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NunaKakKaasimajut (First Peoples First Occupants): A New Radio Show Hosted by Angus Andersen Dedicated to Canadian Indigenous Music

Angus Andersen loves listening to indigenous music. Quite often you’ll find him searching on YouTube for new songs and performers. But, in March 2016, something changed! As a member of the Inuit Drum group Kilautiup Songuninga (strength of the drums), Angus flew from St. John’s to Ottawa to take part in the Inuit community’s Spring Equinox celebration. Little did he know that sharing the stage, and meeting, so many Inuit artists from all regions of Canada would become the catalyst for him to host a radio show fully dedicated to Canadian indigenous music.

Solomon Semigak, Angus Andersen, Sophie Angnatok and Stan Nochasak performing at the Spring Equinox celebration in Ottawa. March 2016. (Photo: France Rivet)

“There’s a lot of aboriginal music out there. I wanted people in the St. John’s-Avalon area to hear Inuktitut voice on the radio and hear more aboriginal music because none of the big stations here have aboriginal content,” Angus explained to me when we chatted on the phone.

“Every now and then, on Fridays, I listen to CHMR-FM radio. They have a great two hours of country music. One day, I said to myself, ‘I should write them a letter and see if I can do a show.’” Well! Angus did write to the station. His idea received an immediate positive reply which led Angus to meet with two of the radio station’s program directors. A week later, on July 20, 2017, at 2 p.m., Angus was sitting in CHMR’s studio welcoming listeners to the very first hour of NunaKakKaasimajut (First Peoples First Occupants), a bilingual talk show (Inuktitut and English) featuring 100% Canadian indigenous music.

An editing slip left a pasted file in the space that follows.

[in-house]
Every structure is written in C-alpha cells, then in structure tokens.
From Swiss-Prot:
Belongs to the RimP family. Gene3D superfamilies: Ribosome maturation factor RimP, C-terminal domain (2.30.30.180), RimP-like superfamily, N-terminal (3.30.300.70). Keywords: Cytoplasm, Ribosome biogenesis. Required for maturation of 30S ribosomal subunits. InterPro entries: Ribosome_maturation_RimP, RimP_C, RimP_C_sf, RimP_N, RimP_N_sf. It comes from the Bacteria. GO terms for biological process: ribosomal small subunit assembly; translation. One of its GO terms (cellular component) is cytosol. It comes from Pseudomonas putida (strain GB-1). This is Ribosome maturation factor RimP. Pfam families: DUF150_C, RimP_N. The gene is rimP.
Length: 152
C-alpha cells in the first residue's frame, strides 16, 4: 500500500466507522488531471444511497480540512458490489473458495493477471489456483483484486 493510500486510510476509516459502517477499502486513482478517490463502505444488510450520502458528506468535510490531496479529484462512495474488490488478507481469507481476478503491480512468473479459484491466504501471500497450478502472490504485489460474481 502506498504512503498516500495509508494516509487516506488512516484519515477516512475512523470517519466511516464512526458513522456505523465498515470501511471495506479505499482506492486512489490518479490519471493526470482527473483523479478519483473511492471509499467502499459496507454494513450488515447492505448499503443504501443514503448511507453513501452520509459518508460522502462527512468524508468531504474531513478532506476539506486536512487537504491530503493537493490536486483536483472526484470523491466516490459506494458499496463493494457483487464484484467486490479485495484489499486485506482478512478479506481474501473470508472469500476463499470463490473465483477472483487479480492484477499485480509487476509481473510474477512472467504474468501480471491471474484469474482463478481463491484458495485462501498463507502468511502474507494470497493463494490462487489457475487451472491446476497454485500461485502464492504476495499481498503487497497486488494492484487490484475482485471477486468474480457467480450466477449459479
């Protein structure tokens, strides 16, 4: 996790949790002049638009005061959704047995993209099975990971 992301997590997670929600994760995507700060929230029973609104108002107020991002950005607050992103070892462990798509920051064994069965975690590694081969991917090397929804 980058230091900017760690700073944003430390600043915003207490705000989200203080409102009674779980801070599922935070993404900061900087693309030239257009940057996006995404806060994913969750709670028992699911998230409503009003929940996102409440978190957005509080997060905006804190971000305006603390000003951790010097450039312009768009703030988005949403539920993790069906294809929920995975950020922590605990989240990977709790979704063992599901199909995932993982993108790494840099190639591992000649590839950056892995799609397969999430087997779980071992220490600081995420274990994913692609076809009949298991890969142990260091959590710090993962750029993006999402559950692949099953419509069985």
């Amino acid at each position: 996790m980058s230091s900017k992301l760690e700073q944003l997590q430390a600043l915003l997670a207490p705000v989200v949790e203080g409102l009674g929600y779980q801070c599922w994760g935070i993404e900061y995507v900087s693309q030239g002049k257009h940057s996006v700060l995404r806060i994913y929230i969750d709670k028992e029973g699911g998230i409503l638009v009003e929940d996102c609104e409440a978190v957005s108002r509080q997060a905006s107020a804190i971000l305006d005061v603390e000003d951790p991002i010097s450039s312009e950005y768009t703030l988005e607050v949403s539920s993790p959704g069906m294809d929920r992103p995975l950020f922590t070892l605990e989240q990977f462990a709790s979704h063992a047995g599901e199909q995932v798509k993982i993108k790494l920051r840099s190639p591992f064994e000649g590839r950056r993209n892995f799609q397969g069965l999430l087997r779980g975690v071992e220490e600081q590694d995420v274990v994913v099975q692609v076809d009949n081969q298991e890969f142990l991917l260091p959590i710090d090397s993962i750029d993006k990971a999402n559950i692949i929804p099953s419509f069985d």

Angus Andersen hosting NunaKakKaasimajut. (Photo by Colleen Power)

“All radio station programs today have a 20% content of Canadian music. The difference with mine is that it is 100% Canadian aboriginal. I’m playing from unknown local artists to more popular groups. I have had three requests so far. Other than that, the choice of music played has all been based on my preferences.”

Things happened so fast that Angus still can’t believe that his radio show has become reality! What he likes most about hosting it is the ability to speak Inuktitut on the air, and to do so without restriction. He is most proud that CHMR has given him carte blanche.